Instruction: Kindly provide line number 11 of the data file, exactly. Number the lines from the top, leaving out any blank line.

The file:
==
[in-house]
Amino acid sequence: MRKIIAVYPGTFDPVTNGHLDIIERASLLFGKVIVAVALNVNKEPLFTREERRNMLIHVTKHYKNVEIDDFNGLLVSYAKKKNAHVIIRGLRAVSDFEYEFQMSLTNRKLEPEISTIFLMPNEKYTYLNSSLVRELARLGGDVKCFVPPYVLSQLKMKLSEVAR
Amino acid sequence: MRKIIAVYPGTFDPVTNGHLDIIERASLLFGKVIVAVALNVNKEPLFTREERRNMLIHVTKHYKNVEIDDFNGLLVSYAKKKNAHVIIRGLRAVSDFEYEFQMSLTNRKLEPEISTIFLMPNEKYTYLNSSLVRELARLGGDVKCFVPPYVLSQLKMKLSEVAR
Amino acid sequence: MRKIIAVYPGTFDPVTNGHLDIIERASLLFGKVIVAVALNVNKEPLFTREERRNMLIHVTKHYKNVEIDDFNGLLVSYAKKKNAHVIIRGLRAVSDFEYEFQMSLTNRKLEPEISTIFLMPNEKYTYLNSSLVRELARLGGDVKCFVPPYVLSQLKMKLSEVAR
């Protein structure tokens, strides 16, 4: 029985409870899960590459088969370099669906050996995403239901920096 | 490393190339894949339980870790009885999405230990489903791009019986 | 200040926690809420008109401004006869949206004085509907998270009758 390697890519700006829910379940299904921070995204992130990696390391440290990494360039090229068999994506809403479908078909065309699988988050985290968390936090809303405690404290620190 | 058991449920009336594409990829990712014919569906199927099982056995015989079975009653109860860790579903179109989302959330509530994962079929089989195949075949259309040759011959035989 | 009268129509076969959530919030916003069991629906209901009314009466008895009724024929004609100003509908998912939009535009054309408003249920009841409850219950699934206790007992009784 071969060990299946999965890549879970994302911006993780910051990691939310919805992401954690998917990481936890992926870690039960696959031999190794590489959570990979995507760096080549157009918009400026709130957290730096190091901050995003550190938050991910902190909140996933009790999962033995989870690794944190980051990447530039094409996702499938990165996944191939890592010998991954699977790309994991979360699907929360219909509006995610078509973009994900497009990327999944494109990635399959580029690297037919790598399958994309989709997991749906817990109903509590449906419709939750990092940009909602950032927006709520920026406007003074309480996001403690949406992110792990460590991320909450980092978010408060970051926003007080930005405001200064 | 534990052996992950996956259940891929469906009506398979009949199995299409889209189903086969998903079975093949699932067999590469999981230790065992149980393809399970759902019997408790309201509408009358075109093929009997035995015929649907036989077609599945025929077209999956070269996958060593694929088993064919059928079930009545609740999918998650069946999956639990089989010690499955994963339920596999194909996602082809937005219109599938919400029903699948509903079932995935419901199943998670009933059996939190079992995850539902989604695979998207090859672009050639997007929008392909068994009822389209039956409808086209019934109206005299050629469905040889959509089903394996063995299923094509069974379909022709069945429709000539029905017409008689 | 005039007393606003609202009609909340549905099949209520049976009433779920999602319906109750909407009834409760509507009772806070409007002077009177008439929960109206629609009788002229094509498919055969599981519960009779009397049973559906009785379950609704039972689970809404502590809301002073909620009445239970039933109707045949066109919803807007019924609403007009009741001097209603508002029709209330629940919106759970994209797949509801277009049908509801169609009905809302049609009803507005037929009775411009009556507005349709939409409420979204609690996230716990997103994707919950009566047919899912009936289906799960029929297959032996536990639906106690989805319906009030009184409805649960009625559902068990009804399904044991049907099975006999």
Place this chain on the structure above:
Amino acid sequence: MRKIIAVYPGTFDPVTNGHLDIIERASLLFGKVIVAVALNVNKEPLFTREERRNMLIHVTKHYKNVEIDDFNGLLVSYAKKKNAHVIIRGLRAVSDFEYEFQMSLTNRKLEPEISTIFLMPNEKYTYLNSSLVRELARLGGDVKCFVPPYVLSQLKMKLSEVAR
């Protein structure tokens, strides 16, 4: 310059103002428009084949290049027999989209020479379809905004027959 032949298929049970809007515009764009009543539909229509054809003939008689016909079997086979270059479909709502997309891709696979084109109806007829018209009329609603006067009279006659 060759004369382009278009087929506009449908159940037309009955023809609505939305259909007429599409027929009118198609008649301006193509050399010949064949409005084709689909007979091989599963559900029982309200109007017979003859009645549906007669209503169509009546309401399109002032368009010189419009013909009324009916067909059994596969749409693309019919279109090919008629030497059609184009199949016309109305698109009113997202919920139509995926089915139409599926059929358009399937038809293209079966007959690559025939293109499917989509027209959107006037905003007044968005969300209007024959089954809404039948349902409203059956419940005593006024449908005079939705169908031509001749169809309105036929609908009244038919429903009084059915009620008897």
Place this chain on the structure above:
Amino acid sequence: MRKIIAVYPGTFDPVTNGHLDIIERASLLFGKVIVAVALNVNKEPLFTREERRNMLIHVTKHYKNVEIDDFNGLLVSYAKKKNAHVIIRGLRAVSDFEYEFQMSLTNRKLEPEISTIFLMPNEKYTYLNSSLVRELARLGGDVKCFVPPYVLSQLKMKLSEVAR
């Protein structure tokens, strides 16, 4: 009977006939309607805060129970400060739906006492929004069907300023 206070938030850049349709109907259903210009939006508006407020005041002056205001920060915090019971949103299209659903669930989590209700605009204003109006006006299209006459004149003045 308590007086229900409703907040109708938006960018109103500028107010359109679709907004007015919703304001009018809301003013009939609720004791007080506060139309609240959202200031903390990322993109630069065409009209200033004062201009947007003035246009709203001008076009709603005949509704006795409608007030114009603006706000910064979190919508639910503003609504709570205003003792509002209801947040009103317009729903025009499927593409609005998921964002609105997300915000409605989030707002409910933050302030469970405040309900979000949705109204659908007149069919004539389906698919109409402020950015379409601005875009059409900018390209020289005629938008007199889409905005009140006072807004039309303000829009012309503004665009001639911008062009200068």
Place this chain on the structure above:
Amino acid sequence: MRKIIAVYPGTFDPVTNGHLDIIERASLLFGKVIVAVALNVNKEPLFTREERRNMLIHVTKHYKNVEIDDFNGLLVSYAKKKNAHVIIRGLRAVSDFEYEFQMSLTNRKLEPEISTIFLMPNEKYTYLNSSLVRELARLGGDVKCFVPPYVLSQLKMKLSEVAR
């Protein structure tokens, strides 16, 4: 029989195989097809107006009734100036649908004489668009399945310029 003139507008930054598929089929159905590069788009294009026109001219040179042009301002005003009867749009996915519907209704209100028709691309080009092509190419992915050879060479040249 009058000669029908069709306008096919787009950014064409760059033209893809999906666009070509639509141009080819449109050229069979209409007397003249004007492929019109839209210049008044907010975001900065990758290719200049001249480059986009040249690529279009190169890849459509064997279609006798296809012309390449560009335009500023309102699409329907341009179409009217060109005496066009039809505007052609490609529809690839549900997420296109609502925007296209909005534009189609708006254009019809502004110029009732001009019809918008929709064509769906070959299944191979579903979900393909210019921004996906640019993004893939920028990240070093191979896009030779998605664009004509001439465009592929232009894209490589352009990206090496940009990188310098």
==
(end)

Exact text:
């Protein structure tokens, strides 16, 4: 009977006939309607805060129970400060739906006492929004069907300023 206070938030850049349709109907259903210009939006508006407020005041002056205001920060915090019971949103299209659903669930989590209700605009204003109006006006299209006459004149003045 308590007086229900409703907040109708938006960018109103500028107010359109679709907004007015919703304001009018809301003013009939609720004791007080506060139309609240959202200031903390990322993109630069065409009209200033004062201009947007003035246009709203001008076009709603005949509704006795409608007030114009603006706000910064979190919508639910503003609504709570205003003792509002209801947040009103317009729903025009499927593409609005998921964002609105997300915000409605989030707002409910933050302030469970405040309900979000949705109204659908007149069919004539389906698919109409402020950015379409601005875009059409900018390209020289005629938008007199889409905005009140006072807004039309303000829009012309503004665009001639911008062009200068």